This week a client informed me that they still had an old flip phone and used it only for emergencies. The question is what denotes an emergency? For many of us, the smart phone has complemented or replaced our desktop or laptop computers. But how many of us stretch the capabilities of our smart phones to their limits. Almost all smart phones are set up to retrieve and send e-mail, text and messaging. We can use them to shop, check reviews, even move our car in and out of parking spaces when the spot is a bit tight. But how about simple day to day tasks that in the past might require separate tools, dangerous positions, pencil, papers or rulers and tables? For example, I needed a part for a twenty year old vertical blind. The blind parts company asked for the model or serial number of the unit to determine which parts it required. Now, in the old days, I might have gotten out the step ladder, climbed up and unfastened the blind, taking it down, knocking over the lamp that I set off to the side so I wouldn’t knock it over, finding the tag and carefully ascribed the numbers and letters on a note pad. But my baby binary buddy, with the camera set for a selfie, or using the front camera, was able to be held up behind, over and under the valence while I perused the screen until I found a label. Now to record that label’s information was a simple touch on the screen and a photo was taken that could be enlarged if my eyes required it.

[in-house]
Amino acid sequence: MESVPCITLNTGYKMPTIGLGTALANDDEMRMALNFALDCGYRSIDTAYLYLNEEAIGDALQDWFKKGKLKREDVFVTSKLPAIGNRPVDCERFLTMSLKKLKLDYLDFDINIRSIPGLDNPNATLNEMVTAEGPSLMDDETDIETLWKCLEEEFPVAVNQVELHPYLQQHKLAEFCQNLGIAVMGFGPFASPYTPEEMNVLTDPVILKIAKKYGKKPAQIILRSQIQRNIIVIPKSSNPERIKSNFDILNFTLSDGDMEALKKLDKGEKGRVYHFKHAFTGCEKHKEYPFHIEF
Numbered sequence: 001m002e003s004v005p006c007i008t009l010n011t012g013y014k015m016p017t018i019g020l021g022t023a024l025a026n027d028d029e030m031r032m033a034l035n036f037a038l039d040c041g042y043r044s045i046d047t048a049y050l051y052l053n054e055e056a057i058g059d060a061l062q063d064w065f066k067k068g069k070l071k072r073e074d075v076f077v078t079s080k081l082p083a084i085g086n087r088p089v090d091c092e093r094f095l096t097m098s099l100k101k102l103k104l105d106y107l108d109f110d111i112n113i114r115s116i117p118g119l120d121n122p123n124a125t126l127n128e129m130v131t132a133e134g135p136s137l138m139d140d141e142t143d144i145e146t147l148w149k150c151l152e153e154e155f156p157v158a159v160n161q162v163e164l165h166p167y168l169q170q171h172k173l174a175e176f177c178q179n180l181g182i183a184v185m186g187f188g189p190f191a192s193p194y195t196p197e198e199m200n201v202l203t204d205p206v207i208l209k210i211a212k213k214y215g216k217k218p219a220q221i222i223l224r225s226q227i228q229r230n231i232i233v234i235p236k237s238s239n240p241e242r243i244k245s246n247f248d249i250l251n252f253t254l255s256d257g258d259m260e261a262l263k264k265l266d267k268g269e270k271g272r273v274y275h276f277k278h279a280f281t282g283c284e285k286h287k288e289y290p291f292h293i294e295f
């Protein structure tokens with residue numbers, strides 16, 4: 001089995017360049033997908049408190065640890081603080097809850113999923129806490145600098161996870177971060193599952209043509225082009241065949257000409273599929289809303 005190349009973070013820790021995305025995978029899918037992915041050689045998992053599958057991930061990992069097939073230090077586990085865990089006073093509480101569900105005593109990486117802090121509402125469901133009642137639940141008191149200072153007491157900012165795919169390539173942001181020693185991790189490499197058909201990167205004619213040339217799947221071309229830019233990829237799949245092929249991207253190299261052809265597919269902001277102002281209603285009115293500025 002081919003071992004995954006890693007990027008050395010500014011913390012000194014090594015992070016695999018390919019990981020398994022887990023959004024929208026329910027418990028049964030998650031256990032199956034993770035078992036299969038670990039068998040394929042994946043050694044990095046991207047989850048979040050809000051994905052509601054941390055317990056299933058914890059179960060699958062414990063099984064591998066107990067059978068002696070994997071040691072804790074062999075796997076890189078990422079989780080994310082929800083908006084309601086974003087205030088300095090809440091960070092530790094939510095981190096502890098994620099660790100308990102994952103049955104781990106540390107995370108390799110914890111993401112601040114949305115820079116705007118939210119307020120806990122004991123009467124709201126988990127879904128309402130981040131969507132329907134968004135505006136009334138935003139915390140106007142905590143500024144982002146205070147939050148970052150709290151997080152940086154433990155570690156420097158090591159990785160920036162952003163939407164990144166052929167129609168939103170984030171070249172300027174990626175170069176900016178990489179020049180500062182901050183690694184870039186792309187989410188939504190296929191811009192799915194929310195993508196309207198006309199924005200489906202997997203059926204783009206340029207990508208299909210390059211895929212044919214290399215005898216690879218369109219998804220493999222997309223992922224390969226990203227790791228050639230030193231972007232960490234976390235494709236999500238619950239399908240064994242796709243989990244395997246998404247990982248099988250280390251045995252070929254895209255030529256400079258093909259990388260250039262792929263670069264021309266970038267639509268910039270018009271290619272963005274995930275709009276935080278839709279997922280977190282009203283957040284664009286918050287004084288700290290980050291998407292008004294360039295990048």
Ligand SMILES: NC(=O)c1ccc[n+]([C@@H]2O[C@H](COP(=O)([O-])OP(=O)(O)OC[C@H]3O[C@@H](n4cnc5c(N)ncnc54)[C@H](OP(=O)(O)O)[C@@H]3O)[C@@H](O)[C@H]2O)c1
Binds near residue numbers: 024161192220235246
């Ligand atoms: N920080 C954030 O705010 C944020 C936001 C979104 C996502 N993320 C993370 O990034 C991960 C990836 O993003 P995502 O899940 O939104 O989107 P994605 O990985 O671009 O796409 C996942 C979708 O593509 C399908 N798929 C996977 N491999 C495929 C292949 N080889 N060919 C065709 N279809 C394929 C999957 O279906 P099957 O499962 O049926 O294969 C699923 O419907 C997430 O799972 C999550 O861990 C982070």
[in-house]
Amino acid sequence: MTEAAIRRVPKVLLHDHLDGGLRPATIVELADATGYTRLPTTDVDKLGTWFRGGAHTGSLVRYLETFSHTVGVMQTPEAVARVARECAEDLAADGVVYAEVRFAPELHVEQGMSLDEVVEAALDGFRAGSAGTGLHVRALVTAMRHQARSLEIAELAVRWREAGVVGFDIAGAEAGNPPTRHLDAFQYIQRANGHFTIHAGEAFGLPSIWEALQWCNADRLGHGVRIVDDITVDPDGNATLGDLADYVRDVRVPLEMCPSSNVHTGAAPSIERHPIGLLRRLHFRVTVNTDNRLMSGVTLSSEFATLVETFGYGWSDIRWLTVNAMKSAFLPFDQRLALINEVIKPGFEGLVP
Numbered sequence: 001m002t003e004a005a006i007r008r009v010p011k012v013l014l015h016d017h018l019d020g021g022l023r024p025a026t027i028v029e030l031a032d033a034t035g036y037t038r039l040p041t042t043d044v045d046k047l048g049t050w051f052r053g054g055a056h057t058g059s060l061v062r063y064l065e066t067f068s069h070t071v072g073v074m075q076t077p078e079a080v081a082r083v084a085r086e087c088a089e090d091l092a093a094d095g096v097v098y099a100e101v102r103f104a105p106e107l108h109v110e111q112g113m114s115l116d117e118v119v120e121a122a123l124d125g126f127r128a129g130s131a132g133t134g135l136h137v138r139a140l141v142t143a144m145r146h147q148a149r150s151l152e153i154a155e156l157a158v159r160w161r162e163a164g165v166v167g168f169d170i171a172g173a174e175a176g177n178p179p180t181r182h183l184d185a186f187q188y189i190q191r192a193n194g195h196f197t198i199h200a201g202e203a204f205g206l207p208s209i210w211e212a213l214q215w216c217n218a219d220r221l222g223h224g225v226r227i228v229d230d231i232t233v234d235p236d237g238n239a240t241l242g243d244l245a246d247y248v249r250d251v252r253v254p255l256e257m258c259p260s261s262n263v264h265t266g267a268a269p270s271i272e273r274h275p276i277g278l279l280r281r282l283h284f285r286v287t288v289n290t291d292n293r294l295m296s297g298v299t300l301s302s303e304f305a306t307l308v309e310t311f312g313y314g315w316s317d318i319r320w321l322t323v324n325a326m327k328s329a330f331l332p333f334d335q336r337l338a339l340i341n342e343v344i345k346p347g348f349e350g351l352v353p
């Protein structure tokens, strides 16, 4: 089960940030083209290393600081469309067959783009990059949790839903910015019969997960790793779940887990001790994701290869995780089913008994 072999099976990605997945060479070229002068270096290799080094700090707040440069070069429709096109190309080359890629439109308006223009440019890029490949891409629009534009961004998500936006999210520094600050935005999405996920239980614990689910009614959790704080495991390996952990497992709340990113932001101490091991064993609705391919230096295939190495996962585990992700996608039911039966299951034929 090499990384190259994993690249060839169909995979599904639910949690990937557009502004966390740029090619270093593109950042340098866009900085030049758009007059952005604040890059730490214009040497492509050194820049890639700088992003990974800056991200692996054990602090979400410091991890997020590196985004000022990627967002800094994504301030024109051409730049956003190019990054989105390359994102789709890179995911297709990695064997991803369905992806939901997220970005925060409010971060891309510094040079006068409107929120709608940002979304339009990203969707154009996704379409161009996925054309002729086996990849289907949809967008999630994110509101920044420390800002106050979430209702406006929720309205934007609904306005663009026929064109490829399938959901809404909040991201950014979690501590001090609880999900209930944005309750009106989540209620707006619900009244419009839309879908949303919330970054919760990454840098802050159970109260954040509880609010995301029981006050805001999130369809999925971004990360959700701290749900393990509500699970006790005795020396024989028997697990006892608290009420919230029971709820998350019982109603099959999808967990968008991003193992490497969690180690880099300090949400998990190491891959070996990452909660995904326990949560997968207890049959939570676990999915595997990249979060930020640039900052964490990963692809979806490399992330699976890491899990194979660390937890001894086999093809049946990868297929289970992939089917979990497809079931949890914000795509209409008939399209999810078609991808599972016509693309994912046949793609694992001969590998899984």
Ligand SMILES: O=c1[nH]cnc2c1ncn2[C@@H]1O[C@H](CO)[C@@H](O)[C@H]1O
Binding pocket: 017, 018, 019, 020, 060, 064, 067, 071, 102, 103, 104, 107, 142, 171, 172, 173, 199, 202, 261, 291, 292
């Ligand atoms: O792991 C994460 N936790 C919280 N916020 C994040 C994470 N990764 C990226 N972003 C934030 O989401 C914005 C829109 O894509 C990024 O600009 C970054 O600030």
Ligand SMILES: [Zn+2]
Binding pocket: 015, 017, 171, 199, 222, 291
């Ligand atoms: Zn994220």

Want to give up car ownership? Put an app on the smart phone for Uber and Lyft. The Uber app tells us how many Uber cars are nearby, (eight right now) gives three options ranging from everyday drives to more complex rides. The rate for the basic ride from Punta Gorda to Murdock for 4 people is $18.92, my credit card is charged, and according to the app, the car will arrive in nine minutes to pick us up. In the meantime, I can check out the driver’s customer ratings, see a picture of the driver and the car. No cash transfers between passenger and driver unless of course we receive exceptional service which might elicit a tip. As important as the passengers rating the driver, the driver can also rate the passengers as to their behavior. Now sell that old car. No insurance, no registration, go gas, the list goes on.
The possibilities are endless; an app called Loseit will allow us to track every calorie we stuff in our mouth. Amazing how when we see the calories consumed how our hunger seems satisfied much sooner and the pounds seem to fade away. Another app called Life360 allows our spouse or others to track our travels, which Martha likes to do when I’m out on a long bicycle ride around Charlotte County.
What do you use your smart phone for?
Court Nederveld owns his own computer consulting and fixit service –Bits, Bytes & Chips Computer Services. He makes house calls in Punta Gorda/Port Charlotte!